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Saturday, January 31, 2009


Blogger Template Design: Tutorial 7
 Tutorial 6: Using the Generic Blogger Template
 Tutorial 8: The Body Section of the Blogger Template Code
Setting the template size is probably one of the first things you need to do when starting to design a new template. The are two ways to set the size (basically the width) of a template:
1. Setting the size to be fixed with a certain width, say 800 pixels.
2. Setting the template to have a fluid size, which means the width changes with the browser or screen size.
Setting a fixed template size:
To set a template width, you actually have to set the width of a few large containers. The most common containers to set the widths are:
1. Body
2. Outer-wrapper
3. Header-wrapper
4. Content-wrapper
5. Footer-wrapper
6. Main-wrapper
7. Sidebar-wrapper*
8. Footer-wrapper
*Note: You can also just set the widths of sidebar1 and sidebar2 containers without setting the sidebar-wrapper width. Setting the sidebar-wrapper width is convenient if both sidebars have equal widths.

In most of my newest templates, I also set the widths in the containers just inside some of the wrapper containers (which is redundant) to avoid some minor alignment bugs that may appear. The widths of these containers are set equal to the widths of their parent wrapper containers. These containers are:
1. Header
2. Main

Here is a sample code from the Generic Blogger Template showing you all the container widths that are set to make sure the template width is properly set (only the part that concerns the width-setting are shown). In this sample, the template width is set at 800 pizels.

body {
min-width: 800px; }

#outer-wrapper {
margin: 0 auto; /* to make the template lays in the screen center */
min-width: 800px;
max-width: 800px; }

#content-wrapper {
min-width: 800px;
max-width: 800px; }

#header-wrapper {
min-width: 800px;
max-width: 800px; }

#main-wrapper {
min-width: 400px;
max-width: 400px; }

.sidebar {
padding: 10px 10px 10px 10px;
min-width: 180px;
max-width: 180px; }

#sidebar1 {.....}
#sidebar2 {.....}

#footer-wrapper {
min-width: 800px;
max-width: 800px; }

The body is set with a command min-width = 800px, which means that the smallest width it should have is 800px. If it's set with a command width = 800pxonly, then the template width might shrink in some situation. Setting it with a min-width guarantees the smallest size it will take.

The next container just inside the body is the outer-wrapper. It's usually common to set it with a command width = 800px only. But as I've explained about my strictness in setting the width to avoid any alignment bugs, it's becoming my habit to always set the container to have a min-width and max-width of the same value so that the container size is exactly that size - it will not shrink or widen to any different value. Another thing about the outer-wrapper is that this is where you set the command to either place your template at the center of screen or float to the left of it. In this case, setting margin: 0 auto will float the template to the center. Just writing margin: 0 will float it to the left as a default position.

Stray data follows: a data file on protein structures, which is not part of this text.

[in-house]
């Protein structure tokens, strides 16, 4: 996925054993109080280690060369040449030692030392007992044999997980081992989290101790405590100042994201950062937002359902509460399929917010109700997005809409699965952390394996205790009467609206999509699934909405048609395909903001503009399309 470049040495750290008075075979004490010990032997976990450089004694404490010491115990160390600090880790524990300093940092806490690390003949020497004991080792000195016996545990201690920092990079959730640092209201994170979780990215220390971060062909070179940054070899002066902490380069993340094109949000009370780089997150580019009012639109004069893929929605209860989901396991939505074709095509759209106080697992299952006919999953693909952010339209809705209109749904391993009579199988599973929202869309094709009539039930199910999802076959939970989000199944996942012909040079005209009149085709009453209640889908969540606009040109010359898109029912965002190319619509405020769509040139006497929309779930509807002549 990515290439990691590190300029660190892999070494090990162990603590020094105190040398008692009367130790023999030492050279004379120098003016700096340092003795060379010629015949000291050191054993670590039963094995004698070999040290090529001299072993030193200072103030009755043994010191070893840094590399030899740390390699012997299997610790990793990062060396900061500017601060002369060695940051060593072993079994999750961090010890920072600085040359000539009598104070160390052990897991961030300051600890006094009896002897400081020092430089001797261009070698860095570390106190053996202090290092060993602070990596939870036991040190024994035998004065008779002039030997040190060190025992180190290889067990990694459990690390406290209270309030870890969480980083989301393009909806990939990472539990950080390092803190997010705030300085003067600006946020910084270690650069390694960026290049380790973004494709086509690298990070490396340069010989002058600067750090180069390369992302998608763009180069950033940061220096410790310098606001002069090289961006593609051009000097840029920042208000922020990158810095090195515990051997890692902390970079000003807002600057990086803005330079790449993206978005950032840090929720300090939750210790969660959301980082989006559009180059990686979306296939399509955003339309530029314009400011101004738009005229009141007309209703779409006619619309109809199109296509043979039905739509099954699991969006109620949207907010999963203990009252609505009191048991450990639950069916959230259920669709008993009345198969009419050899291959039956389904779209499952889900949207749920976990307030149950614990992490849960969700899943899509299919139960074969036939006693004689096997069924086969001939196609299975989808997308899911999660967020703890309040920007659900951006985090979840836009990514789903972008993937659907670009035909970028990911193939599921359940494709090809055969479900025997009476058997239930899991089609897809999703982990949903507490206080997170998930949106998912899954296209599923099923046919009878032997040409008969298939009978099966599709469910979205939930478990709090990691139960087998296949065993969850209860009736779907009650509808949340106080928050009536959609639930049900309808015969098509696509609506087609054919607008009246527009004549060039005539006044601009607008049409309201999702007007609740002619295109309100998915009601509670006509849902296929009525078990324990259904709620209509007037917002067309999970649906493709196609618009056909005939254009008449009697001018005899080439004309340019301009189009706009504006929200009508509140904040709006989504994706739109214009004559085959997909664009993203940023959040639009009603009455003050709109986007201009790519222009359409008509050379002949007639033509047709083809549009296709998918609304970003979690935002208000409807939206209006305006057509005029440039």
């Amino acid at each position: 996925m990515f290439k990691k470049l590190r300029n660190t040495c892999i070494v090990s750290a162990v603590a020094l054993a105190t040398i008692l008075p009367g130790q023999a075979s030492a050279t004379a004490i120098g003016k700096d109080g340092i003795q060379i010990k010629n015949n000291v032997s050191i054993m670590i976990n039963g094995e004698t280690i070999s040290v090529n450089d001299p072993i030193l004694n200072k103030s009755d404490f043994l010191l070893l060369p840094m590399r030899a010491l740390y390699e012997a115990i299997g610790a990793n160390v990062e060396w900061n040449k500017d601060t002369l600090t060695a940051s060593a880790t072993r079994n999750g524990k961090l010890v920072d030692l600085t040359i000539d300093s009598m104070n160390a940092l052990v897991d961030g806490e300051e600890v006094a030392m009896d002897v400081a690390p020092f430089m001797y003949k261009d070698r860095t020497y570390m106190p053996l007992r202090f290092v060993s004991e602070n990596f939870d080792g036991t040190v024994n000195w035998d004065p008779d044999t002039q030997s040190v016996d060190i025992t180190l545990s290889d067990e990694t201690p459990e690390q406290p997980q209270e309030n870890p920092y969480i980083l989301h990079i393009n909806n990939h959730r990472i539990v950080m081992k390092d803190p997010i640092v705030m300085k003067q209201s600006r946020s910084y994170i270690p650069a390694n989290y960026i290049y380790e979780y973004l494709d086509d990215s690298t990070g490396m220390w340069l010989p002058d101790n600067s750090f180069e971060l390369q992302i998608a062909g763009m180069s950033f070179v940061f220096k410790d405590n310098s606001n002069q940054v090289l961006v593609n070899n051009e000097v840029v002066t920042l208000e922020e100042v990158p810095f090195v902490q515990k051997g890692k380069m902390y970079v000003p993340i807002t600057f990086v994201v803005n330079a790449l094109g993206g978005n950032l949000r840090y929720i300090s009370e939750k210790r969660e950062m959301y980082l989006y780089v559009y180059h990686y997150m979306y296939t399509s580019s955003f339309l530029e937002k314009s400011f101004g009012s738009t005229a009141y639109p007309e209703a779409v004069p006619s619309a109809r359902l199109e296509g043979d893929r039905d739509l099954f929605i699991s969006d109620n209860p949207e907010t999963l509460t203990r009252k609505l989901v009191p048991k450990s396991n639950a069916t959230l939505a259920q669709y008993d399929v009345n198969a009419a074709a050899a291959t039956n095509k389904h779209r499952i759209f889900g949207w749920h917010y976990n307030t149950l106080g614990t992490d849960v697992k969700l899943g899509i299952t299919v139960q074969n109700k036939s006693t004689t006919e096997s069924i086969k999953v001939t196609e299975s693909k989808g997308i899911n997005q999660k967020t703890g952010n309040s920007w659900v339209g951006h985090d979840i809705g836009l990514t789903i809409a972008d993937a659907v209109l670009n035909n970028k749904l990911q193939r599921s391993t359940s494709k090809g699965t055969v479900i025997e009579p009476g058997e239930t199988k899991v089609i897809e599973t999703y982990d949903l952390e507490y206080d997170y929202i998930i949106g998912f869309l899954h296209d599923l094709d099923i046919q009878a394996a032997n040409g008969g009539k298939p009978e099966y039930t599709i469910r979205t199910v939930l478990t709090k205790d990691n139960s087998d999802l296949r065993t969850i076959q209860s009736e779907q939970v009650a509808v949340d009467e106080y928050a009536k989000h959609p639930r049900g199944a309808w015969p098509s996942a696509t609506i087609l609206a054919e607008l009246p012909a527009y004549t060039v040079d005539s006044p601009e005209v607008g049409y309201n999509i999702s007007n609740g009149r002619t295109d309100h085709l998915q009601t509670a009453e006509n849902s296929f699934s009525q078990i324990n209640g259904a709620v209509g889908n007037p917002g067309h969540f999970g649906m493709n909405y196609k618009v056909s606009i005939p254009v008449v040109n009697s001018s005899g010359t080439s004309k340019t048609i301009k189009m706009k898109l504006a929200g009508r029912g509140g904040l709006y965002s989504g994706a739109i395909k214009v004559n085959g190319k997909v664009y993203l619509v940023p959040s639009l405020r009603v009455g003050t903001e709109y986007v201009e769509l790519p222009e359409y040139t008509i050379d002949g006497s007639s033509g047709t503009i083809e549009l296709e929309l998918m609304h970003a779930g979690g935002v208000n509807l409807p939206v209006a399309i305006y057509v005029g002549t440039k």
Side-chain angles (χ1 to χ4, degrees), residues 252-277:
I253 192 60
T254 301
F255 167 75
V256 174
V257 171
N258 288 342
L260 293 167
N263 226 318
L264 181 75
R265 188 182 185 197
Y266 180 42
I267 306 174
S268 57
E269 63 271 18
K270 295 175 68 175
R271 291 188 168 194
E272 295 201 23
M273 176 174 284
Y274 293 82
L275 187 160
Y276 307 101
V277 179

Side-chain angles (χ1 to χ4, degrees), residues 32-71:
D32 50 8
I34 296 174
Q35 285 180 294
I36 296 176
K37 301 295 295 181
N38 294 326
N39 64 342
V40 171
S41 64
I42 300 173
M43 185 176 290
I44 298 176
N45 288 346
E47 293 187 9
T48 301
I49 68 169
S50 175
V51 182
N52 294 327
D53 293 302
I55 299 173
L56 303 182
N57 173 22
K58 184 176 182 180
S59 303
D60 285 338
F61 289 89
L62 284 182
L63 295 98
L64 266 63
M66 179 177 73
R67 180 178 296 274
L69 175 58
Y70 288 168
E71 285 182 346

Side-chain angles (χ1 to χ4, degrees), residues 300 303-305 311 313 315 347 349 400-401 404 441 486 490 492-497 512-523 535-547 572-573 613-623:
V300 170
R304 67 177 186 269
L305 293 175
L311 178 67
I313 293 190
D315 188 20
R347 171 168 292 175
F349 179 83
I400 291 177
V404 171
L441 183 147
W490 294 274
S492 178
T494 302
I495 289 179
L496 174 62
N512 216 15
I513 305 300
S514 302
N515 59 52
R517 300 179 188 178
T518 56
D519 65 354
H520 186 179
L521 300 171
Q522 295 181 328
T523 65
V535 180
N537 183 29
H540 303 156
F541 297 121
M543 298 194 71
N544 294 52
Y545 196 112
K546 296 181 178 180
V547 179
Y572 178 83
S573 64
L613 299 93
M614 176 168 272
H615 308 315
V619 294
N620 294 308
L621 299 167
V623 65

The next 3 large containers, the header-wrapper, the content-wrapper, and thefooter-wrapper is usually set to be the same size; in this case it's 800px. In any case, they can be set smaller than the outer-wrapper width but not any bigger than that because the outer-wrapper 'wraps' these 3 containers inside it. Another thing, if you add left and right borders, then you'll increase the width, and the outer-wrapper will just cut out whatever that's bigger than itself on the right side. So, if you do add borders, say 2px left and 2px right for the header-wrapper, then you have to set theheader-wrapper width to be 796px so that the total would be 796+2+2 = 800px. The same goes for all the other containers.

The last 3 containers are the 2 sidebars and the main-wrapper. Because they sit side by side, you have to make sure the total width = 800px or less, but certainly not more. In this case, I set the main-wrapper to be 400px and both the 2 sidebarsto be 200px. But because I added padding of 10px left and right of each sidebars, which pushes the sidebar border outward, I'd have to reduce the sidebar width to be 180px so that the total sum after adding the pads would be 200px. You have to note that the largest sidebar container is the sidebar-wrapper (not just the sidebar). I could have set the width of the sidebar-wrapper instead of the sidebar, but I prefer to set the sidebar width because sometimes I may set the 2 sidebars to have different widths. But, this is all just a matter of personal style; other template designers may have different way of setting this sidebar widths. As long as it works, that's all that matters.

Setting a fluid template size:

To set a template with width that changes with browser or screen size, please refer to W3Schools Tutorials for more details. In my templates, I haven't made any such templates and so my experience in setting a fluid sized template is not much. Once I have more experience in this, I'll post the tutorials on it.

Next Tutorial:
The next step in this tutorial is a quick explanation on the Body section of the Blogger template code.

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